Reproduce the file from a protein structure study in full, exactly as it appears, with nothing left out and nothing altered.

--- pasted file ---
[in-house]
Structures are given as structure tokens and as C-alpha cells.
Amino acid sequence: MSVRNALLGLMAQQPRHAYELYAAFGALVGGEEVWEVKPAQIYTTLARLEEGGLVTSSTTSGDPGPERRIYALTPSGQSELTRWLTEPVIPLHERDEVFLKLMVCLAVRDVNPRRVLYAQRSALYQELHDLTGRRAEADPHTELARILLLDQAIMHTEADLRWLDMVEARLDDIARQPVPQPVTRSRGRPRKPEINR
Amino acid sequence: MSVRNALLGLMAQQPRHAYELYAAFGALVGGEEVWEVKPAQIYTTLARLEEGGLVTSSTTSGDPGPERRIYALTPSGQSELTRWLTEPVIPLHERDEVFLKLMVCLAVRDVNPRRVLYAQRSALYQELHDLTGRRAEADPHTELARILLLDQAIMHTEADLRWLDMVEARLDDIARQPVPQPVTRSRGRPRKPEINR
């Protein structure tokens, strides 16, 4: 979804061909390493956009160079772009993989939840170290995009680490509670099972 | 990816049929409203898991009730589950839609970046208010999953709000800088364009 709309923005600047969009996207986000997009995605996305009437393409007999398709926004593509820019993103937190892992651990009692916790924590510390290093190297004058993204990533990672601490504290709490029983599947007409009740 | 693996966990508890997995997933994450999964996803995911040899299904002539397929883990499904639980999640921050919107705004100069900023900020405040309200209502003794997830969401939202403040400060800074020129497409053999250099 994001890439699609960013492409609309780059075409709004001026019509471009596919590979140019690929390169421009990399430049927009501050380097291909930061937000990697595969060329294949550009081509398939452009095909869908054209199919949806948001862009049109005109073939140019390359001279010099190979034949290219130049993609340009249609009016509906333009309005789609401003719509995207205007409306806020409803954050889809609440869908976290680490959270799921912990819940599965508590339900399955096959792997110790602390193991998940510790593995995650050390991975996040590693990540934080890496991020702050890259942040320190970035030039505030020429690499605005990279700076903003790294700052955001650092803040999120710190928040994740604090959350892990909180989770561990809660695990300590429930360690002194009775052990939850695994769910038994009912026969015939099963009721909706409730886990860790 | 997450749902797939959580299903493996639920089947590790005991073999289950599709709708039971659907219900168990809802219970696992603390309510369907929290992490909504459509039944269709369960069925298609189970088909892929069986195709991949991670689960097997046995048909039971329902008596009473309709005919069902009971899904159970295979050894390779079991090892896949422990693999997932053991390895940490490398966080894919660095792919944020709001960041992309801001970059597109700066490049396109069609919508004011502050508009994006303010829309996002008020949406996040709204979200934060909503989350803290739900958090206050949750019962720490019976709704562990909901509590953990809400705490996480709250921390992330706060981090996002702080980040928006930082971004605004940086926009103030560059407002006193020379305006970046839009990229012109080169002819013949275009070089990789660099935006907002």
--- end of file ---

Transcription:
[in-house]
Structures are given as structure tokens and as C-alpha cells.
Amino acid sequence: MSVRNALLGLMAQQPRHAYELYAAFGALVGGEEVWEVKPAQIYTTLARLEEGGLVTSSTTSGDPGPERRIYALTPSGQSELTRWLTEPVIPLHERDEVFLKLMVCLAVRDVNPRRVLYAQRSALYQELHDLTGRRAEADPHTELARILLLDQAIMHTEADLRWLDMVEARLDDIARQPVPQPVTRSRGRPRKPEINR
Amino acid sequence: MSVRNALLGLMAQQPRHAYELYAAFGALVGGEEVWEVKPAQIYTTLARLEEGGLVTSSTTSGDPGPERRIYALTPSGQSELTRWLTEPVIPLHERDEVFLKLMVCLAVRDVNPRRVLYAQRSALYQELHDLTGRRAEADPHTELARILLLDQAIMHTEADLRWLDMVEARLDDIARQPVPQPVTRSRGRPRKPEINR
């Protein structure tokens, strides 16, 4: 979804061909390493956009160079772009993989939840170290995009680490509670099972 | 990816049929409203898991009730589950839609970046208010999953709000800088364009 709309923005600047969009996207986000997009995605996305009437393409007999398709926004593509820019993103937190892992651990009692916790924590510390290093190297004058993204990533990672601490504290709490029983599947007409009740 | 693996966990508890997995997933994450999964996803995911040899299904002539397929883990499904639980999640921050919107705004100069900023900020405040309200209502003794997830969401939202403040400060800074020129497409053999250099 994001890439699609960013492409609309780059075409709004001026019509471009596919590979140019690929390169421009990399430049927009501050380097291909930061937000990697595969060329294949550009081509398939452009095909869908054209199919949806948001862009049109005109073939140019390359001279010099190979034949290219130049993609340009249609009016509906333009309005789609401003719509995207205007409306806020409803954050889809609440869908976290680490959270799921912990819940599965508590339900399955096959792997110790602390193991998940510790593995995650050390991975996040590693990540934080890496991020702050890259942040320190970035030039505030020429690499605005990279700076903003790294700052955001650092803040999120710190928040994740604090959350892990909180989770561990809660695990300590429930360690002194009775052990939850695994769910038994009912026969015939099963009721909706409730886990860790 | 997450749902797939959580299903493996639920089947590790005991073999289950599709709708039971659907219900168990809802219970696992603390309510369907929290992490909504459509039944269709369960069925298609189970088909892929069986195709991949991670689960097997046995048909039971329902008596009473309709005919069902009971899904159970295979050894390779079991090892896949422990693999997932053991390895940490490398966080894919660095792919944020709001960041992309801001970059597109700066490049396109069609919508004011502050508009994006303010829309996002008020949406996040709204979200934060909503989350803290739900958090206050949750019962720490019976709704562990909901509590953990809400705490996480709250921390992330706060981090996002702080980040928006930082971004605004940086926009103030560059407002006193020379305006970046839009990229012109080169002819013949275009070089990789660099935006907002």